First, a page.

Gramm-Leach Bliley Act. (GLBA)
Definition - What does Gramm-Leach Bliley Act. (GLBA) mean?
The Gramm-Leach-Bliley Act is a piece of legislation passed in 1999 to regulate financial institutions such as insurance companies, banks, and investment firms with regards to how they collect, store, and share their customers' private financial information. The act is also known as the Financial Services Modernization Act of 1999 and is aimed at protecting customers from unsolicited marketing, identity theft, and credit card fraud.
WorkplaceTesting explains Gramm-Leach Bliley Act. (GLBA)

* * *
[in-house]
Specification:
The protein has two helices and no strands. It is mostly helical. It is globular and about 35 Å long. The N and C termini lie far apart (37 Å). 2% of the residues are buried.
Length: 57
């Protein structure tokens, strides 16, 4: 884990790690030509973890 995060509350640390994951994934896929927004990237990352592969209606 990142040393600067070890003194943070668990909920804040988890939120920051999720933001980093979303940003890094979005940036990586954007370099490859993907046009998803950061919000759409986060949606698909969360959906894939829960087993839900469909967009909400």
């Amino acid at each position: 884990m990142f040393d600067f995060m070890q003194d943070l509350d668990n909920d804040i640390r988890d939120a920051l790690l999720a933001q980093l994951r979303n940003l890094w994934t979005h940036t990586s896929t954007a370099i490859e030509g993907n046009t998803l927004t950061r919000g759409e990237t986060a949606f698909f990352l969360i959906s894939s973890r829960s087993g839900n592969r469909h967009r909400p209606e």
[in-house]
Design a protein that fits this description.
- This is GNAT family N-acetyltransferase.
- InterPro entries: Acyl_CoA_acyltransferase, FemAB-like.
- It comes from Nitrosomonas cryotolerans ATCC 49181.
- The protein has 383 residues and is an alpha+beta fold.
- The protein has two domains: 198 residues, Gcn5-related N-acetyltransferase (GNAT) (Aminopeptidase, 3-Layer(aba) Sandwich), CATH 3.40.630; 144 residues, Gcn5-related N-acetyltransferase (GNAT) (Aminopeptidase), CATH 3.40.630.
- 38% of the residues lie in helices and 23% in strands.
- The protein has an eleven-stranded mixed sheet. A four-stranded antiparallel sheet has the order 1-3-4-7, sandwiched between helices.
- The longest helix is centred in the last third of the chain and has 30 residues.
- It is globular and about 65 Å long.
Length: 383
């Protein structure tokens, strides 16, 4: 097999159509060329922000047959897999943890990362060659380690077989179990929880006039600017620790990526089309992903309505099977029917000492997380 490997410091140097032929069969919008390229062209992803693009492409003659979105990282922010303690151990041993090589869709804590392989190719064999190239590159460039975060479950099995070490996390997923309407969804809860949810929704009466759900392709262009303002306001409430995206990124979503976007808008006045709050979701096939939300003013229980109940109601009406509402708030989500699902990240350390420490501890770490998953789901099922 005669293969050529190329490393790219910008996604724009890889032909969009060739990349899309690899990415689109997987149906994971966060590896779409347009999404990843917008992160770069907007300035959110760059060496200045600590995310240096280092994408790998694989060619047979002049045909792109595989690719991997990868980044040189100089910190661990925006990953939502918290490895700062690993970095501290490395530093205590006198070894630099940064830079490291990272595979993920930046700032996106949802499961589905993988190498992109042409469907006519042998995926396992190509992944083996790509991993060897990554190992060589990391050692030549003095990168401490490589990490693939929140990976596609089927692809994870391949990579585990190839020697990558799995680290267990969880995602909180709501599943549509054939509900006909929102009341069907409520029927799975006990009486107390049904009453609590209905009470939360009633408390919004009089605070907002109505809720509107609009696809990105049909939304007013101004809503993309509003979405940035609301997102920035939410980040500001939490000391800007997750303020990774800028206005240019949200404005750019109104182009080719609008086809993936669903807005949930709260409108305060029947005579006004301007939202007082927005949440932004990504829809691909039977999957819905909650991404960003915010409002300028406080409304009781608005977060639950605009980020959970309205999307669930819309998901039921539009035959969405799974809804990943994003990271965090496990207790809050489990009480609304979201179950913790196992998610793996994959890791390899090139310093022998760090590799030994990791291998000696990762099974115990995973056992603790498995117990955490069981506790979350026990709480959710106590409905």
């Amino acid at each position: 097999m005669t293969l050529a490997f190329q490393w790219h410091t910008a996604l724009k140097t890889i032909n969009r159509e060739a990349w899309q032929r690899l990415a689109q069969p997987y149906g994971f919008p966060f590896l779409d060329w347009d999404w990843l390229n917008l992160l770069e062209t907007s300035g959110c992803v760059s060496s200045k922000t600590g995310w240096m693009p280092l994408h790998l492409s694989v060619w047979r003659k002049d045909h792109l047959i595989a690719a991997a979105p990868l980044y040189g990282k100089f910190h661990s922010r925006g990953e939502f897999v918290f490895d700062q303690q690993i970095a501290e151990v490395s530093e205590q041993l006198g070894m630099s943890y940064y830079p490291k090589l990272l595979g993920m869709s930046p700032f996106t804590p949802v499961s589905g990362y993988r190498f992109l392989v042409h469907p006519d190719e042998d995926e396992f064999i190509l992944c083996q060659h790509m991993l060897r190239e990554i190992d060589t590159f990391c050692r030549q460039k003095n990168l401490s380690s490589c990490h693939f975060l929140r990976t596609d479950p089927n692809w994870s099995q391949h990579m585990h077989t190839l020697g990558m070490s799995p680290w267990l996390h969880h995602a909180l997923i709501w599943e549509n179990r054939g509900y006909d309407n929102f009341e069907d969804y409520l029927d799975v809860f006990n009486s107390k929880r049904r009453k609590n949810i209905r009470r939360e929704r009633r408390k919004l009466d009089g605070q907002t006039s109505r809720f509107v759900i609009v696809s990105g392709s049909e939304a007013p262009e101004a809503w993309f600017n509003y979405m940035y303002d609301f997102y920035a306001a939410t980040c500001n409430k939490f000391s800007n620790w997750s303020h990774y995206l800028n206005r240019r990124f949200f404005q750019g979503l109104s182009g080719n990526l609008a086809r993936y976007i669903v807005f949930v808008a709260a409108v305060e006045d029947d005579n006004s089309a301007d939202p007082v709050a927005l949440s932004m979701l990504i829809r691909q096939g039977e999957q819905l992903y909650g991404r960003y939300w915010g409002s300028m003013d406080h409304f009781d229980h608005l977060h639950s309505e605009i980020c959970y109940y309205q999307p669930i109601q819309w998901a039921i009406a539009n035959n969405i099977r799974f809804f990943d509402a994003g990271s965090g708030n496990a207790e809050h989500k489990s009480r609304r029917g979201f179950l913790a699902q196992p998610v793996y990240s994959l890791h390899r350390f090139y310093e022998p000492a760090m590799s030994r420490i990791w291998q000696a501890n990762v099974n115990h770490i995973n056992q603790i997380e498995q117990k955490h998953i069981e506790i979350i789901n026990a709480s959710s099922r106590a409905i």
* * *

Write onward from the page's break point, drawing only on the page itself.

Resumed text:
The Gramm-Leach-Bliley Act enforces compliance with five requirements. The first requirement is for financial institutions to safeguard personal information by implementing security measures to protect the customer data and mitigate any risks where the security can be breached. The second requirement is that financial institutions must advise customers in writing of their information-sharing practices with regard to protecting and divulging non-public personal information. The third requirement is for the customers of financial institutions to have their right to opt out explained, which enables them to prevent their private information from being shared with third parties. The fourth requirement is to protect customers from companies that may obtain their personal private information under false pretenses, and the fifth requirement protects customers from having their account information, such as credit card details, being shared with non-affiliated third parties.